From SABR member Larry Lester at The National Pastime Museum on January 29, 2016:
The iconic Monte Irvin died at the age of 96 this January in Houston. He was a high-energy player with vitality, vigor, and vim that anchored the Newark Eagles and the New York Giants championship teams. Giants Manager Leo Durocher once said, “Nice guys finish last.” Well, Irvin was a nice guy, a respected teammate, a wonderful husband and father, along with being the voice for equality on the playing field. He was my friend, a confidante, and my sounding board for private reflections.
In 1937, at the age of 18, Irvin joined the Newark Eagles under the fictitious name of Jimmy Nelson, to protect his amateur collegiate status. After two years under the management of future Hall of Famer Willie Wells, Irvin matured into a fine shortstop, earning his first berth to the 1941 East All-Star team before being drafted into the army. Irvin claimed, “Wells showed me everything he knew. We talked about hitting—he was a really good curveball hitter—about moving around on different pitchers, especially left-handers, moving up in the box, moving back, trying to take a peek back to see how the catcher is holding his target in a close game.”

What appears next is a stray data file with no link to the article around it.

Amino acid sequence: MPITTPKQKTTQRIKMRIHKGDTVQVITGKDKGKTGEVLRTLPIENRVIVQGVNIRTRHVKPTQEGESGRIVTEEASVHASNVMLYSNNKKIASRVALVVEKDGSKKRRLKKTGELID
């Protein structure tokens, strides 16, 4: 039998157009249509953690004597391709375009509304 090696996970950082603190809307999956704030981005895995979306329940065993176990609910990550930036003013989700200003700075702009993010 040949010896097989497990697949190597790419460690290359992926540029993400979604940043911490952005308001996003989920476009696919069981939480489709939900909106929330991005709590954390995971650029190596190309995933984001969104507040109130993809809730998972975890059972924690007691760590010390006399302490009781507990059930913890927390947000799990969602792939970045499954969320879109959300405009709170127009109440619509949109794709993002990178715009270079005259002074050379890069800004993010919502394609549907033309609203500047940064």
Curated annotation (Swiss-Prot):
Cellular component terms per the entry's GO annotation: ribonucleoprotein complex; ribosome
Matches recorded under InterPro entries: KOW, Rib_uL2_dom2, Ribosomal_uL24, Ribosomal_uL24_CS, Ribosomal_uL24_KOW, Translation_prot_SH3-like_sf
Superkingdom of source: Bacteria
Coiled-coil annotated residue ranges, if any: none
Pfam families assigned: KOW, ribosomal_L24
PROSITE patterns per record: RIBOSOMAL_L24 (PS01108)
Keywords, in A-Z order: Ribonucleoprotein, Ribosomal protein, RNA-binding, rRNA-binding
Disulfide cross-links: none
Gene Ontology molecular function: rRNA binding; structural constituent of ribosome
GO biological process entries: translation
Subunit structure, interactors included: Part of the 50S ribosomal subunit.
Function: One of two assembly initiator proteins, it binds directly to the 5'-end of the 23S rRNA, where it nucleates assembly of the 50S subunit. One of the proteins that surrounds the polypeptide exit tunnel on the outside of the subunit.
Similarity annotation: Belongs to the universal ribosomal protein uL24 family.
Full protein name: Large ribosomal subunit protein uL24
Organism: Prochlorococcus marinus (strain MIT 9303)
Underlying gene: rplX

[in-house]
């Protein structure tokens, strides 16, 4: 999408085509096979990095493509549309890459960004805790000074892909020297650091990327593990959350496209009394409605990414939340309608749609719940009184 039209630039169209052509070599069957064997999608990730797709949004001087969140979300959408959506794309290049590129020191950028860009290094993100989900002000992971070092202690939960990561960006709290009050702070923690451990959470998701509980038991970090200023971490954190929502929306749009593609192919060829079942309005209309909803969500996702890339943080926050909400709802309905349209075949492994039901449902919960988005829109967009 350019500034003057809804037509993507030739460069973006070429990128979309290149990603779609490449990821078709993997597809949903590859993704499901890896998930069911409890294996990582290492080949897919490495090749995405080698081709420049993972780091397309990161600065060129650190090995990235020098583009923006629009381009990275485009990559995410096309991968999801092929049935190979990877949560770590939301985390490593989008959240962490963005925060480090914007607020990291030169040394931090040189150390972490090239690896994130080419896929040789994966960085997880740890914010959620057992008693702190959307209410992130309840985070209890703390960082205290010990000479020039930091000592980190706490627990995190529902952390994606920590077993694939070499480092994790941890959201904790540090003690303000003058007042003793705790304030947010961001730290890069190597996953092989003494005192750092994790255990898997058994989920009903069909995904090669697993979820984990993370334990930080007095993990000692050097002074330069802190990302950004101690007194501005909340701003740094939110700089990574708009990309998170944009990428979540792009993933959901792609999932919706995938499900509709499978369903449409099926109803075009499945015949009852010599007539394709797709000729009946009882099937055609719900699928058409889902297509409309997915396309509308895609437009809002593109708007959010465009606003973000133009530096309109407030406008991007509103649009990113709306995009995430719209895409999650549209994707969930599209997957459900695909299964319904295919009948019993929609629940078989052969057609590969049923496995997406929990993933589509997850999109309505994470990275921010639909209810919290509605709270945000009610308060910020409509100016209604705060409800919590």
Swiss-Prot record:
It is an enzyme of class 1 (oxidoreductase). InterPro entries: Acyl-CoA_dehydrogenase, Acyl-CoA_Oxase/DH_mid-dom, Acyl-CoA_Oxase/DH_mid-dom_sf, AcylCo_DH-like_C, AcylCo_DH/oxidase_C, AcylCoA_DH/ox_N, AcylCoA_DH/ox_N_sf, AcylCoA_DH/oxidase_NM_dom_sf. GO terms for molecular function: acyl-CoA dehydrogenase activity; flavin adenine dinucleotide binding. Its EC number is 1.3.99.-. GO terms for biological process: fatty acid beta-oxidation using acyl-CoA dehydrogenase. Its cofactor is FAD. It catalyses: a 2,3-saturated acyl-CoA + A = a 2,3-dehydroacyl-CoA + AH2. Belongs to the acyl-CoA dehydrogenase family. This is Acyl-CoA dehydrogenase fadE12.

Read the full article here: http://www.thenationalpastimemuseum.com/article/monte-irvin-he-put-%E2%80%9Ci%E2%80%9D-icon
Originally published: January 29, 2016. Last Updated: January 29, 2016.